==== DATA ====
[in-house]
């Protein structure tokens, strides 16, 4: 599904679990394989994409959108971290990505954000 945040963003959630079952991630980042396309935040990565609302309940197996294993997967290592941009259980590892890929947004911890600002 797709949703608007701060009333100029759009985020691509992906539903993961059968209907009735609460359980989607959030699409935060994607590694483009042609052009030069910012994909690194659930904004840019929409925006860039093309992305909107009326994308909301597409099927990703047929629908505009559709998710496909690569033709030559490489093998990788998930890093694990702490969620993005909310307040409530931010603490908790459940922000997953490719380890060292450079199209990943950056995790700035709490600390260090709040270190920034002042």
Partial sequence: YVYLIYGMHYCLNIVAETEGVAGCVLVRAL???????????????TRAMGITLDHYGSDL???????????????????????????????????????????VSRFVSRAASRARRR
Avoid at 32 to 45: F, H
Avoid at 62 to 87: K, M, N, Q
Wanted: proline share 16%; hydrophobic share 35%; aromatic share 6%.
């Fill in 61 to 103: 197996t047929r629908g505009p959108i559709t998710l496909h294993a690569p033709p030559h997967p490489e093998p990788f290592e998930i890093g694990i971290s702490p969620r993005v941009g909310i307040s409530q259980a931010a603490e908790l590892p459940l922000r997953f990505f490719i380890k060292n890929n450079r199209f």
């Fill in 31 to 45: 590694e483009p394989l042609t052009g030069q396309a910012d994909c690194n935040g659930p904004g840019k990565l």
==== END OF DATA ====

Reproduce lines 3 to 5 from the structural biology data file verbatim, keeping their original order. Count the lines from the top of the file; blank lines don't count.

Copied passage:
Partial sequence: YVYLIYGMHYCLNIVAETEGVAGCVLVRAL???????????????TRAMGITLDHYGSDL???????????????????????????????????????????VSRFVSRAASRARRR
Avoid at 32 to 45: F, H
Avoid at 62 to 87: K, M, N, Q